November Yemen’s ‘deadliest month’ in two years: ACLED report

War monitor says it documented more than 3,000 deaths as the Saudi-UAE coalition intensified raids ahead of peace talks.

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Under the leadership of Saudi Crown Prince Mohammed bin Salman, the coalition has launched more than 18,000 air raids on Yemen [Mohamed al-Sayaghi/Reuters]

Rimbo, Sweden – November was one of the bloodiest months in the war in Yemen with at least 3,058 documented deaths, a war monitor has said, as the Saudi-UAE coalition intensified its bombing campaign ahead of UN-sponsored peace talks in Sweden.

The Armed Conflict Location and Event Data (ACLED) reported on Tuesday that at least 28,182 fatalities were recorded in the first 11 months of this year, marking a 68 percent increase compared with 2017.

It said at least 60,223 people had been killed since January 2016, nine months after Saudi Arabia launched a massive aerial campaign against its impoverished southern neighbour, a figure six times higher than the frequently cited UN figure of 10,000.

“ACLED’s estimation of Yemen’s direct conflict deaths is far higher than official estimates – and is still underestimated,” Clionadh Raleigh, ACLED’s Executive Director said.

“Fatality numbers are only one approximation of the abject tragedy and terror forced upon Yemenis from several sides. This cannot be overstated”.


Yemen has been devastated by a multi-sided conflict since 2014 involving local, regional, and international actors.

The Houthis, a group of Zaydi Shia Muslims, exploited widespread anger against President Abd-Rabbu Mansour Hadi in 2014 and toppled his government in early 2015, triggering one of the world’s worst humanitarian crises.

Groups such as Save The Children have recently reported that an additional 85,000 children may have died from hunger and starvation since the start of the Saudi-led offensive.

The ACLED said the port city of Hodeidah witnessed the greatest escalation of violence in 2018, with an 820 percent increase in total conflict-related fatalities.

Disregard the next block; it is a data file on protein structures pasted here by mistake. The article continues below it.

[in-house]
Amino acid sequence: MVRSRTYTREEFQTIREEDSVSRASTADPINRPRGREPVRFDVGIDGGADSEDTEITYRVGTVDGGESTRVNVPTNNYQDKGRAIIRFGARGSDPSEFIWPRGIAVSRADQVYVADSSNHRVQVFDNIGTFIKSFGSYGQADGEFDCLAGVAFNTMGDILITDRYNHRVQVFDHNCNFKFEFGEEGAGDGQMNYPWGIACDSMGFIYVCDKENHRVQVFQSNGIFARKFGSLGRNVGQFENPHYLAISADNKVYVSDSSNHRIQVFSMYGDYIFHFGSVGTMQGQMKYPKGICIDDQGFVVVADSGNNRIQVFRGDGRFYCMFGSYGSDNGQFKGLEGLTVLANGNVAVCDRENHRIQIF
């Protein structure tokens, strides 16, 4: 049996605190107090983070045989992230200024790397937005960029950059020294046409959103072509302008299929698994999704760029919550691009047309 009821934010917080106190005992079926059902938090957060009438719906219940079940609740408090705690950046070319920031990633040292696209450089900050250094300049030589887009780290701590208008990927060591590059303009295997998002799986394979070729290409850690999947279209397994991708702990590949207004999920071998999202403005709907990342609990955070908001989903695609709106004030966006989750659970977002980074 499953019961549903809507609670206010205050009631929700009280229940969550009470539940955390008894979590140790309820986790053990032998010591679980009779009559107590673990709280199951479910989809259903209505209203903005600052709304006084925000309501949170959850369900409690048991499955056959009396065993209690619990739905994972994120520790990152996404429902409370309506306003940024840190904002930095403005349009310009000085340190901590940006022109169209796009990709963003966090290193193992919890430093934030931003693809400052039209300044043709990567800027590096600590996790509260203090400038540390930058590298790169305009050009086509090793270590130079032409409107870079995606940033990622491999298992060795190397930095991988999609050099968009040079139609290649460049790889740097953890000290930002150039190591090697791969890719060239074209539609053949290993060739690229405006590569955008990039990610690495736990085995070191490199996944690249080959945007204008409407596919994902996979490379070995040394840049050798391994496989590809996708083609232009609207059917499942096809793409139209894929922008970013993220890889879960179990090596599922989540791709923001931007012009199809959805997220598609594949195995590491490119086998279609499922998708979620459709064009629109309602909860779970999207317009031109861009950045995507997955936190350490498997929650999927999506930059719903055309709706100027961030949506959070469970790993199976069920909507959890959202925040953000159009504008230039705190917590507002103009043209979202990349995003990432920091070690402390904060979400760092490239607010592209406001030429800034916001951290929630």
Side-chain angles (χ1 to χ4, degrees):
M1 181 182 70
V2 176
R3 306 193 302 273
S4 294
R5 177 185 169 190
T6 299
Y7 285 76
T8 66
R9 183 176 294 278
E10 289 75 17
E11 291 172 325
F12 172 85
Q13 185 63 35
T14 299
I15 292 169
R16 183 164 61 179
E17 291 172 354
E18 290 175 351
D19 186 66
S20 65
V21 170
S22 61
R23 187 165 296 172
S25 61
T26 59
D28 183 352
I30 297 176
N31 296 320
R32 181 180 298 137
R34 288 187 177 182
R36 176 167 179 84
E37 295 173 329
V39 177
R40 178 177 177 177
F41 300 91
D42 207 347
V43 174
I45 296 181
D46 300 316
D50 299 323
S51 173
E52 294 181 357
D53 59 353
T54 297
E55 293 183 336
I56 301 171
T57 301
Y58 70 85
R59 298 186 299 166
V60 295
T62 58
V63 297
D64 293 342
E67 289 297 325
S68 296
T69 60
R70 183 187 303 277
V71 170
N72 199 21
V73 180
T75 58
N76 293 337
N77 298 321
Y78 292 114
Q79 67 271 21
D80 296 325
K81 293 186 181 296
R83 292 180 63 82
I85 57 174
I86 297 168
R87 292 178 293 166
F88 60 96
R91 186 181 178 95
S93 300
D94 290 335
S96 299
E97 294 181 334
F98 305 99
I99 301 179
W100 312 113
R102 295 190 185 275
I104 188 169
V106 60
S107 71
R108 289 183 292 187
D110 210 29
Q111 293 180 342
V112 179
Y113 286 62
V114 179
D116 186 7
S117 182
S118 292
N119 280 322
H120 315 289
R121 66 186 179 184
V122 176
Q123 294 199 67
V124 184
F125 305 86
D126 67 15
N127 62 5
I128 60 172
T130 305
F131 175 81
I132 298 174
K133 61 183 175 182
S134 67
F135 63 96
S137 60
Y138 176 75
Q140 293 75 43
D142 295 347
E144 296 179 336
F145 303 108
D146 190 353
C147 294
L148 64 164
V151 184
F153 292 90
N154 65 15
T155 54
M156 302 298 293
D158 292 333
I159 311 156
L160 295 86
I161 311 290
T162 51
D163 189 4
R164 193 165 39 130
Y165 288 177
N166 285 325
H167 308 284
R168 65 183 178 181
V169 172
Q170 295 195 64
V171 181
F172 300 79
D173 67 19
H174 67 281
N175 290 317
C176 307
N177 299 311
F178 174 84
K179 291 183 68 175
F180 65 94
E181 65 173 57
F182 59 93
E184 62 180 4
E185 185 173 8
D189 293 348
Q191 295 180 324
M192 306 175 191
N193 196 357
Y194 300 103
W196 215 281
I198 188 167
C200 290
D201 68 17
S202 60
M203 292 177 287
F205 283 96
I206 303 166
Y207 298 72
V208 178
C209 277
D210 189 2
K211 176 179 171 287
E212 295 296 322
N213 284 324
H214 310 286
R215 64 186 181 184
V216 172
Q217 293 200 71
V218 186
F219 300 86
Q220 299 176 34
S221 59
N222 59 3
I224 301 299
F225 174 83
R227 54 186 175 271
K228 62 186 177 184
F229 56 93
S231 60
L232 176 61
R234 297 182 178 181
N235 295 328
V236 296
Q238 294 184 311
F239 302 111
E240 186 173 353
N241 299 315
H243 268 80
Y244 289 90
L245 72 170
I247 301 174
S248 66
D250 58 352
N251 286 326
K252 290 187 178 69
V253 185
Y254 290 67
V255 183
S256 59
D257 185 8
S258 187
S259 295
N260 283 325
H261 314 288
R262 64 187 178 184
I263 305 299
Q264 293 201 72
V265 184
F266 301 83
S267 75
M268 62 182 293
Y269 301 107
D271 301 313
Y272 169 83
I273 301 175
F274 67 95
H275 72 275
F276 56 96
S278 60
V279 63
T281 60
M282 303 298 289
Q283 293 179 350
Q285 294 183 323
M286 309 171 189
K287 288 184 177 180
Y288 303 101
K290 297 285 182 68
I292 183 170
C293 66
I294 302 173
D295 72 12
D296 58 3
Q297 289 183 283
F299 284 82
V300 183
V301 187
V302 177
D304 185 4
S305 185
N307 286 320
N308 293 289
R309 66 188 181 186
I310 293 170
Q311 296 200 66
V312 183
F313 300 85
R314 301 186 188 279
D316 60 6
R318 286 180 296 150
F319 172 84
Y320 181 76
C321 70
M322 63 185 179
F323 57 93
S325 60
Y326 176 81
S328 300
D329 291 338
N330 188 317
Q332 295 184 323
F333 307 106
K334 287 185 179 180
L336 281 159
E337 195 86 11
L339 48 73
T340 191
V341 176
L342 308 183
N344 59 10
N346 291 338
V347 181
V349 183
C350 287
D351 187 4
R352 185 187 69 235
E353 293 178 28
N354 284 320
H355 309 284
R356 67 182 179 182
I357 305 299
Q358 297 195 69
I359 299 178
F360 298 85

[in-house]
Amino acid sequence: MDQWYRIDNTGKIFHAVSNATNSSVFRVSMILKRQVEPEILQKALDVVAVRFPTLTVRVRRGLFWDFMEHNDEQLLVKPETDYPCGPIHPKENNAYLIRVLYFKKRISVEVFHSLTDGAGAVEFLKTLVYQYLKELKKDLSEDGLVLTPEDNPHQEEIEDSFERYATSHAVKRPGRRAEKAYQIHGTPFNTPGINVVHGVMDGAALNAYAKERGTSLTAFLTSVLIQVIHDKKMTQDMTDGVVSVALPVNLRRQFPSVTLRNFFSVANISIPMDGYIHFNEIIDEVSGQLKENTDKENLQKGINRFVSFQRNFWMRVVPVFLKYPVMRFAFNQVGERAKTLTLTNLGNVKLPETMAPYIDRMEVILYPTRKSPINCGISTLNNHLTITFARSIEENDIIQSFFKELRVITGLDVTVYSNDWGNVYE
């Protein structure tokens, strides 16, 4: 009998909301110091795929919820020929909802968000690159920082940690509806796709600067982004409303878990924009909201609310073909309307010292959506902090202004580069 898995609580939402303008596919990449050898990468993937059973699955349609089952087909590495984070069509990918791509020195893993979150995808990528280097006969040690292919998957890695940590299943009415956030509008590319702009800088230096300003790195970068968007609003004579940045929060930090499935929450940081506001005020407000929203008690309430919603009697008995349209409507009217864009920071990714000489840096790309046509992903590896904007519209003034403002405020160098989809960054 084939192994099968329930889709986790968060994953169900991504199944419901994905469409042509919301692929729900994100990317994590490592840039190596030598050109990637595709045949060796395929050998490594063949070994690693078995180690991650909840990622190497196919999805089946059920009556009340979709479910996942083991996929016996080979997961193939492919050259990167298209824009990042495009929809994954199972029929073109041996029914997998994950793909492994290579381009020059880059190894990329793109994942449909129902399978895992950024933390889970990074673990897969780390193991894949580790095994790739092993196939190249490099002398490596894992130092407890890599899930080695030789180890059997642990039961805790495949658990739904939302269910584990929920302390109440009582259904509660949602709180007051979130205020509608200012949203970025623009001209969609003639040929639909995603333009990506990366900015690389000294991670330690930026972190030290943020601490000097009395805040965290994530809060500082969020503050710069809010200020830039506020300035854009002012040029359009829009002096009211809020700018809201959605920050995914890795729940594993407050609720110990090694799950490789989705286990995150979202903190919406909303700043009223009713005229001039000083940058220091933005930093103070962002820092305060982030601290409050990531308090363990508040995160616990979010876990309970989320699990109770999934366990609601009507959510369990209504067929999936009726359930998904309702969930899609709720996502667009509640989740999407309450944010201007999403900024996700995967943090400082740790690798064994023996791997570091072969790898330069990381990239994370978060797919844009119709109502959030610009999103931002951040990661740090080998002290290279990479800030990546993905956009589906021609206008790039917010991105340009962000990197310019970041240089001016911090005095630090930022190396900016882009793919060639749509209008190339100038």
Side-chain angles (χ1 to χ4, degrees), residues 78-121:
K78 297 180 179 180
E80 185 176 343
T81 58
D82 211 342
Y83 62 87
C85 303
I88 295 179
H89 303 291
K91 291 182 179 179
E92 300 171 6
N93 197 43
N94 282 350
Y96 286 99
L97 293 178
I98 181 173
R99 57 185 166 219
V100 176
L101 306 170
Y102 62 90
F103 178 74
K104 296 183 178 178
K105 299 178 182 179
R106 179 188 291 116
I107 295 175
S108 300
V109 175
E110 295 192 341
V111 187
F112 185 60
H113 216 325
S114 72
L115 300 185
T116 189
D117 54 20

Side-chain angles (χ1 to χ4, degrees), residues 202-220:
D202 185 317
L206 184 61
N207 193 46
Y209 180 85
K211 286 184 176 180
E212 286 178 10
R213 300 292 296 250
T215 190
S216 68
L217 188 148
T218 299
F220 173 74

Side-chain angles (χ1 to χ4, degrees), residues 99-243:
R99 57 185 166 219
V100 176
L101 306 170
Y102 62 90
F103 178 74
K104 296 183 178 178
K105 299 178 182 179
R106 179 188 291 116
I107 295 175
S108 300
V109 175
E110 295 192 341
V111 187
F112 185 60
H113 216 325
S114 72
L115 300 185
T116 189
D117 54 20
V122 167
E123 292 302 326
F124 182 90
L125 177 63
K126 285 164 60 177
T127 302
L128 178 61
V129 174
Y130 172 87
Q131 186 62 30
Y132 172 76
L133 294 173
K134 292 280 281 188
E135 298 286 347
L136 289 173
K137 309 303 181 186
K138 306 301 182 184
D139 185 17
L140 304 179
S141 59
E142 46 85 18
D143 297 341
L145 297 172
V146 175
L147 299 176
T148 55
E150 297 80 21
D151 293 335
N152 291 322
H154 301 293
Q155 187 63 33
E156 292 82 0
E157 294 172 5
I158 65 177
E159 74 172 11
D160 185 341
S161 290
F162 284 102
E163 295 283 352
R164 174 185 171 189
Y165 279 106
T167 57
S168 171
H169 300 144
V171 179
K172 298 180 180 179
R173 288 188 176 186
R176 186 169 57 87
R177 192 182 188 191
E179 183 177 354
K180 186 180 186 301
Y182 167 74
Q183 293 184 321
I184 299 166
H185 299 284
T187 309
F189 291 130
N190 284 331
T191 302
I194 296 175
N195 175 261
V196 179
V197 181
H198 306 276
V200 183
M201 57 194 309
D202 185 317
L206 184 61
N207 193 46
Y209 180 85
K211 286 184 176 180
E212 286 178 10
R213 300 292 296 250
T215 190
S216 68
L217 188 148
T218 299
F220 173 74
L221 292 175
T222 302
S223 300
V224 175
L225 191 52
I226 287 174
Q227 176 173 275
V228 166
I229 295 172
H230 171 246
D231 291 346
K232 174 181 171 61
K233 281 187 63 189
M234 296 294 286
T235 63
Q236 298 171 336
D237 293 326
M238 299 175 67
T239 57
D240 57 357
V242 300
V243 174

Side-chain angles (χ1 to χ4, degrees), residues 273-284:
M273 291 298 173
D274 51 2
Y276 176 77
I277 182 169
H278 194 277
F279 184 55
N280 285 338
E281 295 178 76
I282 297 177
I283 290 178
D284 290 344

WATCH: Differences slow down Sweden peace talks to end Yemen war (2:13)

Fighting in Hodeidah – the main gateway for imports of relief supplies and commercial goods into the country – escalated on June 13 when the Saudi-UAE alliance launched a wide-ranging operation to retake the city from the Houthi rebels.

Riyadh and Abu Dhabi see Hodeidah as the main entry point for weapons for the Houthis and have accused their regional rival Iran of sending missiles to the rebels, a charge Tehran has denied.

Aid agencies have long warned that the assault on Hodeidah could shut down one of the last remaining lifelines for millions of hungry civilians.

Out of a population of 28 million people, a staggering eight million – a number greater than the entire population of Switzerland – are on the verge of famine.

Smiles and handshakes

The country’s warring sides have been meeting in the Swedish town of Rimbo, some 60km north of the capital Stockholm, since Thursday to discuss ways to end the fighting.

While they appeared to have reached a stumbling block over the fate of the port of Hodeidah, they edged closer to securing a deal on prisoners on Tuesday.


Representatives from the Yemeni government and Houthi rebels exchanged two lists containing a combined total of 15,000 names, according to Hamza al-Kamali, a member of the Yemeni government accompanying the delegation at the talks.

Kamali told Al Jazeera that after a closed-door meeting, which included smiles and handshakes, the Houthis were expected to release several high-ranking commanders within the coming days, including the former minister of defence, General Mahmoud Al Subaihi, and relatives of President Hadi.

A document obtained by Al Jazeera said the Houthis would release more than 800 teachers, 359 children, 357 tribal figures, 200 Imams and 88 women.

The talks in Sweden have come at a critical time as about 20 million Yemenis, more than two-thirds of the country, are going hungry and in urgent need of food assistance.

Yemen’s currency, the riyal, has depreciated by nearly 180 percent in recent months, pushing even more communities towards starvation.

Food prices have increased by an average of 68 percent and the price of commodities such as petrol, diesel and cooking gas has increased substantially.

Source: Al Jazeera